Nahuel Huapi National Park
Established in 1934, Nahuel Huapi National Park is the oldest national park in Argentina and the largest in the region. With elevations between 2,362 – 11,726 feet, it surrounds Nahuel Huapi Lake in the foothills of the Patagonian Andes. Bordered by Chile on its western side, it covers an area of nearly 2 million acres. The National Park is dominated by the high mountain chain of the Andes, its many lakes, rapid rivers, waterfalls, snow-clad peaks, glaciers and extensive forests. The main attractions are easily accessible by private vehicle or hired tour groups; or, for the more energetic there are many easy to more challenging hiking trails up into the higher mountain ranges.
Discovered by a Jesuit priest, Lake Nahuel Huapi, is the largest and deepest clear water lake in the lake district of Argentina, with a depth of almost 1,400 feet. Located at the foot of the Andes Mountains at an altitude of just over 2,500 feet, it measures about 210 square miles. The lake extends 62 miles across the border with Chile, and includes many fjords and the Valdivian temperate rain forest. The southern shore of the lake has many hotels and restaurants catering to the tourist industry; and, there are many islands within the lake, including our first stop – Victoria Island, a nature reserve accessible only by boat. The Quetrihué Peninsula in the northern part of the lake has been set aside as a separate national park, Los Arrayanes National Park, which we will visit on Cau Cau’s second stop today.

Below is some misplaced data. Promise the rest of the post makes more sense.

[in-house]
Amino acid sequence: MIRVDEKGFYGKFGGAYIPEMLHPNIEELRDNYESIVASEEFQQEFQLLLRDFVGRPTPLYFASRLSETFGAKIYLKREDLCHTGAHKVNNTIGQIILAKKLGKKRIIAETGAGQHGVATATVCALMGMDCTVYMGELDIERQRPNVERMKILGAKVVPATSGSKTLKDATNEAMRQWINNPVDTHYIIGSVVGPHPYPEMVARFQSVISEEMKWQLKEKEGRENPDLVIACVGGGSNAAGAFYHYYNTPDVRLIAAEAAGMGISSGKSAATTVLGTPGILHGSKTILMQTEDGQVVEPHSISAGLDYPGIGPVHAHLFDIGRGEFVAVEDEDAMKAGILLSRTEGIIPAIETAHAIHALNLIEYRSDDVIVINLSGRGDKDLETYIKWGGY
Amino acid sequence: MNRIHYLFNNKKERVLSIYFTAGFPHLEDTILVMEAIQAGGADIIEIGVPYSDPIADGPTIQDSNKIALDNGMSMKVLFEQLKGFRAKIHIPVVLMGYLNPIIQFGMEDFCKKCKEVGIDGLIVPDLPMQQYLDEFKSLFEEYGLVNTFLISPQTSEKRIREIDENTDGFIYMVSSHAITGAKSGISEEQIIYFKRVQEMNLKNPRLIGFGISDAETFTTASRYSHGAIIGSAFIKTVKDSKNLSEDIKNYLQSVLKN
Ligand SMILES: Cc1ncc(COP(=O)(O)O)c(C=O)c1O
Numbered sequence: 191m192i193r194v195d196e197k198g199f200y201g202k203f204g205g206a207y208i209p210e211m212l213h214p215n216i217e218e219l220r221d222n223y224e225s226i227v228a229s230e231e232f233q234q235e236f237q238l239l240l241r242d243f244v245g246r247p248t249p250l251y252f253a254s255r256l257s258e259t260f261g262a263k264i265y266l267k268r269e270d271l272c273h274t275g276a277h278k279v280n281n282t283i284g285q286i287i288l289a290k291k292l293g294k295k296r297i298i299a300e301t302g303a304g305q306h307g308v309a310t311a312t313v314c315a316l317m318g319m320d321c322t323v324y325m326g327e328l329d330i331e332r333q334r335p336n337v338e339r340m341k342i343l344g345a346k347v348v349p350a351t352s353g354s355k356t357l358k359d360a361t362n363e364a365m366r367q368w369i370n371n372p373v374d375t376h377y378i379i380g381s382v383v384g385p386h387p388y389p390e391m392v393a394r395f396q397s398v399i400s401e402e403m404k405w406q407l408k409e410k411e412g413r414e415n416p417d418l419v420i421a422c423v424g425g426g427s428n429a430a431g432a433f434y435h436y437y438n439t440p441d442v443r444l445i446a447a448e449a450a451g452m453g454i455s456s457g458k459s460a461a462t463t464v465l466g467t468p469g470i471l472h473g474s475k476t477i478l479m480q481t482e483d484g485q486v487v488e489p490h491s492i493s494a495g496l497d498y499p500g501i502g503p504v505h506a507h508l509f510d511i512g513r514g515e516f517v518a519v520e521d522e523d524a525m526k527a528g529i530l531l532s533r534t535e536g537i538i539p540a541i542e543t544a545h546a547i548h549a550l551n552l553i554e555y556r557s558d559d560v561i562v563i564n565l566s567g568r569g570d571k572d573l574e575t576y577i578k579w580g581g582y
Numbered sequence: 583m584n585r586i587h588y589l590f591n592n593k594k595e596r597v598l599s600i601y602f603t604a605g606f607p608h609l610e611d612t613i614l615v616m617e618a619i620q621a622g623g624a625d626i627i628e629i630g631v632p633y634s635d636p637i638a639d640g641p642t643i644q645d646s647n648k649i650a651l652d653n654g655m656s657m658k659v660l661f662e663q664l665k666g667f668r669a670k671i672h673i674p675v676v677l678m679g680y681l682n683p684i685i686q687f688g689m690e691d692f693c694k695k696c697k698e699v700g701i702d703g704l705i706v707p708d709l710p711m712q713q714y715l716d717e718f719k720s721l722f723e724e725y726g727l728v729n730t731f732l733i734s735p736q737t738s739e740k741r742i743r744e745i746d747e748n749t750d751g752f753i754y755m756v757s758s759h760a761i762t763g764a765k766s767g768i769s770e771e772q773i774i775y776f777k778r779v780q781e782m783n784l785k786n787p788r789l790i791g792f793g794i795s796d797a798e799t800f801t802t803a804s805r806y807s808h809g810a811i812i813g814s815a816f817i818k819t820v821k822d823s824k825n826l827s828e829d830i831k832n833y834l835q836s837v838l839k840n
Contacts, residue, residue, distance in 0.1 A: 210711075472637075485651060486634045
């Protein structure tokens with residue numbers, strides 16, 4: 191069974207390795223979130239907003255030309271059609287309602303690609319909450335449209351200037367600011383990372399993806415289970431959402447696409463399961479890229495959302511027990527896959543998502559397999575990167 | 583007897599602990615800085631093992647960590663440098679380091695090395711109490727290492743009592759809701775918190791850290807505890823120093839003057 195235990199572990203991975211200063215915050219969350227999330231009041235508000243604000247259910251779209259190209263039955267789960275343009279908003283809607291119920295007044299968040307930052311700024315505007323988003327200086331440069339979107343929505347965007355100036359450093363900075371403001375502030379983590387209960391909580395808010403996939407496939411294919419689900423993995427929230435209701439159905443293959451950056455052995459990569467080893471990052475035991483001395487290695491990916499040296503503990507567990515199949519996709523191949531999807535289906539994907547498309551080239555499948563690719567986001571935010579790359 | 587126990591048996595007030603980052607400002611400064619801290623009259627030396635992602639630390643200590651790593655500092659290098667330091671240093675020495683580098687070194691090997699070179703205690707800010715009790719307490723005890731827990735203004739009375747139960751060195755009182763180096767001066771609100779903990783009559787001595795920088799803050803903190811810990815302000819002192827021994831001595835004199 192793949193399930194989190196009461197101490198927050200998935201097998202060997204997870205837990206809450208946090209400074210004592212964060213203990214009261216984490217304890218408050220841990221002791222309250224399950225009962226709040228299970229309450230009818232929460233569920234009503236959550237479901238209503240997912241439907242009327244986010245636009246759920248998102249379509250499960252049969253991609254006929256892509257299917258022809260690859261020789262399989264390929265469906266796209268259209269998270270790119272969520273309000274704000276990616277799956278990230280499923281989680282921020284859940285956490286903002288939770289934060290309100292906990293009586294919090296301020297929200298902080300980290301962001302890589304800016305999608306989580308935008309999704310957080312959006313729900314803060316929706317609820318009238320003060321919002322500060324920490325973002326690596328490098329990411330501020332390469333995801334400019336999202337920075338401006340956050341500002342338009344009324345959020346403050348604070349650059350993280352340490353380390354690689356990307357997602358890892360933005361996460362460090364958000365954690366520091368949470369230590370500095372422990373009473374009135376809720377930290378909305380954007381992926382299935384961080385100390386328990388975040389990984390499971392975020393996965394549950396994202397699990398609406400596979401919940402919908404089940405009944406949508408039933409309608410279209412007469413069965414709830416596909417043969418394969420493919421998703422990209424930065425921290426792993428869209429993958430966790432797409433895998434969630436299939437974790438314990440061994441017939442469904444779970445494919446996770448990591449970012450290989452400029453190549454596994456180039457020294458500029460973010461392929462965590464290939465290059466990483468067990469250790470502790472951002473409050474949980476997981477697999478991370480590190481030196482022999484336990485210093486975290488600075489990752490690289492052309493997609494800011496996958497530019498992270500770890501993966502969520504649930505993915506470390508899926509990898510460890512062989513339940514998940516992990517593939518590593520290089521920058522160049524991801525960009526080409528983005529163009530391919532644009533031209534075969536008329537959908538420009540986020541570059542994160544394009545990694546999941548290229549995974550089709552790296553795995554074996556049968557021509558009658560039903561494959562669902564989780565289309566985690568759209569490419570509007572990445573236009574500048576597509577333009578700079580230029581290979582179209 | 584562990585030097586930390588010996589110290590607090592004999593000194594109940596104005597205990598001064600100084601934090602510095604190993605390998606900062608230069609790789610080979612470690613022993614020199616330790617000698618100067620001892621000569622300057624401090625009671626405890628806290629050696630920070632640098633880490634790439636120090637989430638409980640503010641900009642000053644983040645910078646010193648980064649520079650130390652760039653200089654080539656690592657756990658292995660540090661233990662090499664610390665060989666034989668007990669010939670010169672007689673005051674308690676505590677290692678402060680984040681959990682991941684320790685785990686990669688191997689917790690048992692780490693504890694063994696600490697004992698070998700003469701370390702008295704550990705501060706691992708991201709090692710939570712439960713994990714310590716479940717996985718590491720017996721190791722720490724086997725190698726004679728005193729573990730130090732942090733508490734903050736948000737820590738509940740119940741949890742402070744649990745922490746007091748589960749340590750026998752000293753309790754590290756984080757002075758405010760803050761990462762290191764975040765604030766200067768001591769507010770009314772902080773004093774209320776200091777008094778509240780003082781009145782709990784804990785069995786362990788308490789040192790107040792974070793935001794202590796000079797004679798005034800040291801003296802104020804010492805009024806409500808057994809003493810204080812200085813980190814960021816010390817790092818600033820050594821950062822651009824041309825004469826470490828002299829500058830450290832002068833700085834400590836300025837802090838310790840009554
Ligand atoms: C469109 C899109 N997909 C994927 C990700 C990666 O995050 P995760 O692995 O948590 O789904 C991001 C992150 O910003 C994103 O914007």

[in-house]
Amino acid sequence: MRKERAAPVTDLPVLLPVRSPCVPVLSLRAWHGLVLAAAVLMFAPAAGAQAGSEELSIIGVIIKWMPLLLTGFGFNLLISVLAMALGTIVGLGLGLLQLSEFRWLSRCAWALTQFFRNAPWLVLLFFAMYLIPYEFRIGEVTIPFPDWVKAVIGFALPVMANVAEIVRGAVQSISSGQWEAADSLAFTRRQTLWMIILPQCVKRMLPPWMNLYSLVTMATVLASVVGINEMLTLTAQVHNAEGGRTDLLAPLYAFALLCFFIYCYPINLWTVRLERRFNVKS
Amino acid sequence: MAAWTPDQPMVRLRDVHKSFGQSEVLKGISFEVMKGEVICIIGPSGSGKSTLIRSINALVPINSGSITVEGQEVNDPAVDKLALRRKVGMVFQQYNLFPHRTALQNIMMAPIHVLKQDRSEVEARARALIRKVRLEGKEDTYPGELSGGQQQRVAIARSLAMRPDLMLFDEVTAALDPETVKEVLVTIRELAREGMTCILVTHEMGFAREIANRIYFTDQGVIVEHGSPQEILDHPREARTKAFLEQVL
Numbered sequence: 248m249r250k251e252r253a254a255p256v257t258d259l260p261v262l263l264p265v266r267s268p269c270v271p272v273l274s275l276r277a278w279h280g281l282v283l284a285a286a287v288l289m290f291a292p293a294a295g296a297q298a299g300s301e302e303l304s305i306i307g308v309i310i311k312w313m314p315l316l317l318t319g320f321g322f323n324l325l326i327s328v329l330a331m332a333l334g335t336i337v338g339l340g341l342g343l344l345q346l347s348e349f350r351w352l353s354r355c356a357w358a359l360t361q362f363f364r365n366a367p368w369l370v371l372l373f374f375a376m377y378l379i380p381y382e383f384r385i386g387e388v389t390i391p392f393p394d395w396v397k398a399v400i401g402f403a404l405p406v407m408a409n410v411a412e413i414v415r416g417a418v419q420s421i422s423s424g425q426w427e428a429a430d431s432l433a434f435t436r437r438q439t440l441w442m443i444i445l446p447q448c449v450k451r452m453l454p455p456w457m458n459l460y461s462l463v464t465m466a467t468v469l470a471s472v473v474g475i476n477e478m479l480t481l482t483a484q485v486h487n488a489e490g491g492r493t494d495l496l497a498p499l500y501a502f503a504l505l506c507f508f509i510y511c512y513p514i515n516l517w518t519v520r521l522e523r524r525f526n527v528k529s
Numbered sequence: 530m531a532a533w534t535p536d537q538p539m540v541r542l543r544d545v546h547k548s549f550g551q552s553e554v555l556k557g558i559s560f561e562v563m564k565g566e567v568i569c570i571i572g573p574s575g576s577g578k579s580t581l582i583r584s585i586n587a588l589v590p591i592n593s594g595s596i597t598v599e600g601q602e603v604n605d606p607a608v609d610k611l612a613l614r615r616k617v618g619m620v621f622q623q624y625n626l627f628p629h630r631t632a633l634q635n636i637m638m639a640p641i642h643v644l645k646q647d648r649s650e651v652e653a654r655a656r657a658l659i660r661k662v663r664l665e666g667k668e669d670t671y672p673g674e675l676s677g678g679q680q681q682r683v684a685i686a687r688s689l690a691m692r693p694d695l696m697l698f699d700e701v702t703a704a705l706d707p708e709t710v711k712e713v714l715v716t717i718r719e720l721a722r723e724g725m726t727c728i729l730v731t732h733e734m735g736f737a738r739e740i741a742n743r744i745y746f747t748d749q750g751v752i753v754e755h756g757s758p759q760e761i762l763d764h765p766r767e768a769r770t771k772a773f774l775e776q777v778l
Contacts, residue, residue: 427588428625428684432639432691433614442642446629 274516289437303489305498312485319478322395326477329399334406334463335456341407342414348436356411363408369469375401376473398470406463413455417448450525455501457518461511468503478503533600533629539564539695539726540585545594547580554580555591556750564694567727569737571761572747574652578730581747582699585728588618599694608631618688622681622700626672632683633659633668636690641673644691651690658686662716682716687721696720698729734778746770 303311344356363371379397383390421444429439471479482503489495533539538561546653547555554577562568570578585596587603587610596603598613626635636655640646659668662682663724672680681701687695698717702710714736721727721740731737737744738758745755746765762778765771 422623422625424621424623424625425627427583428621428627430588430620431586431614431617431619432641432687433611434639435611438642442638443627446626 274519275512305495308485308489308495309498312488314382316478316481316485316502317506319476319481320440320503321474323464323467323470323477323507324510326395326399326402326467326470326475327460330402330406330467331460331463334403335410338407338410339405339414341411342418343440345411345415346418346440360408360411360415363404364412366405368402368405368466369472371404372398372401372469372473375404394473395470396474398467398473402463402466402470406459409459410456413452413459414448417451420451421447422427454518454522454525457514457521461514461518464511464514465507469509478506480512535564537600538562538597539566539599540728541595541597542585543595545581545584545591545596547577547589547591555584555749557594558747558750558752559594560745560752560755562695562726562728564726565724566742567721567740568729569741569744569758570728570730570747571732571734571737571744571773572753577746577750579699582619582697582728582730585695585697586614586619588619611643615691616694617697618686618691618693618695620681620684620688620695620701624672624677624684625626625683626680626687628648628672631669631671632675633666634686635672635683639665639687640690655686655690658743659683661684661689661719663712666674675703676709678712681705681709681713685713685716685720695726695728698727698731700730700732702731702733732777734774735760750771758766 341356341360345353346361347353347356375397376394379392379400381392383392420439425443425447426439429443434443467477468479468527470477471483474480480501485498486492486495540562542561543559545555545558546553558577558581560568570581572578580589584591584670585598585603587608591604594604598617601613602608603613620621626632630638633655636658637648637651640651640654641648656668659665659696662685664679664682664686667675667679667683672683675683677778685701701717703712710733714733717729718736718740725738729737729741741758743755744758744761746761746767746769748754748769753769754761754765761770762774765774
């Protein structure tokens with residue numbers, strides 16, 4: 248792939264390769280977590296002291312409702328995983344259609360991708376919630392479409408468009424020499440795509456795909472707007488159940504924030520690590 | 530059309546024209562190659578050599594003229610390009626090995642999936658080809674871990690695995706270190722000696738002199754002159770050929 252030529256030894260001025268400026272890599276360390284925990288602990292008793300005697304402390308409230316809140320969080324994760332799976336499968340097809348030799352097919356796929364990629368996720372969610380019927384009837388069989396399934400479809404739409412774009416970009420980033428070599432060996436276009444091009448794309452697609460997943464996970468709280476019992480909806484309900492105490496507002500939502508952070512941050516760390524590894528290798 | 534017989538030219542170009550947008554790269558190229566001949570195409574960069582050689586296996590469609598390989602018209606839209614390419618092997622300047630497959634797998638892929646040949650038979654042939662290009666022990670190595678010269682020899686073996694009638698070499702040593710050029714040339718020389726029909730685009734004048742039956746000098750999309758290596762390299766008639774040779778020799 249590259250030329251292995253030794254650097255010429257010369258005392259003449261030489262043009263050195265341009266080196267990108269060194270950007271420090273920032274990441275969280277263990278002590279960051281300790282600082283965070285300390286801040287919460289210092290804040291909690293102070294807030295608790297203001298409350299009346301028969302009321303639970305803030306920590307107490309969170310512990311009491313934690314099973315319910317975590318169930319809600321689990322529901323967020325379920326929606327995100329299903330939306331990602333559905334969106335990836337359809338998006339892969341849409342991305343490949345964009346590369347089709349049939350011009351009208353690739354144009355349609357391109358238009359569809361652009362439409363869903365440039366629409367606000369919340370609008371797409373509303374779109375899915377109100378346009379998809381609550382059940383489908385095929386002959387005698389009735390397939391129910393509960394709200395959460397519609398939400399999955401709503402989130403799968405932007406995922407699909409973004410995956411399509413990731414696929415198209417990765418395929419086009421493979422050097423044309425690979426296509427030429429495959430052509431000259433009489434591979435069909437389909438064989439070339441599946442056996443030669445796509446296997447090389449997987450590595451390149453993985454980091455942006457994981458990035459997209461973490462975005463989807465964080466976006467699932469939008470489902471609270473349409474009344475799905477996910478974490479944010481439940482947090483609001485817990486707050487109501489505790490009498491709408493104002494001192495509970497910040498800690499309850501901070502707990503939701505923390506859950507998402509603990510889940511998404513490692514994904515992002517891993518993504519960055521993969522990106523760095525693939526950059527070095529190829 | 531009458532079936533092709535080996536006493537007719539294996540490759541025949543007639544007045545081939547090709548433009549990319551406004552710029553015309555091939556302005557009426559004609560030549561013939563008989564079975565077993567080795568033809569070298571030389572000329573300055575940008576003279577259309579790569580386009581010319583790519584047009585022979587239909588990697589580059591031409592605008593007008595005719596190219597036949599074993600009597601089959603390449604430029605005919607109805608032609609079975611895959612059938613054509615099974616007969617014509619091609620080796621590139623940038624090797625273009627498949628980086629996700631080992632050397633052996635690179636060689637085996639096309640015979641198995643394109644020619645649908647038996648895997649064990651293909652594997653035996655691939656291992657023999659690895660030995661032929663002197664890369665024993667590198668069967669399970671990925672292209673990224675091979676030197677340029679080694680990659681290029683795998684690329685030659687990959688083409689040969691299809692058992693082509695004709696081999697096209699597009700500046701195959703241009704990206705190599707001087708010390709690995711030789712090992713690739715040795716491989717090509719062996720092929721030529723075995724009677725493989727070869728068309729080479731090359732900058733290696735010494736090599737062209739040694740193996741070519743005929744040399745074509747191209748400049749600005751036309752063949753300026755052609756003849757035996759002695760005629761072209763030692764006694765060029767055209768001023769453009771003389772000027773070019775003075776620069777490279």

The Cau Cau pulled into the dock at Victoria Island for a two-hour stop, during which we could explore the island via the series of walking trails. Information signs explaining the various locations, unique vegetation, and history of the island were found along the trails that criss-crossed the area, giving us a better understanding of the island and its unique characteristics.
The photo gallery that follows will give you an idea of the type of environment we experienced while on Victoria Island.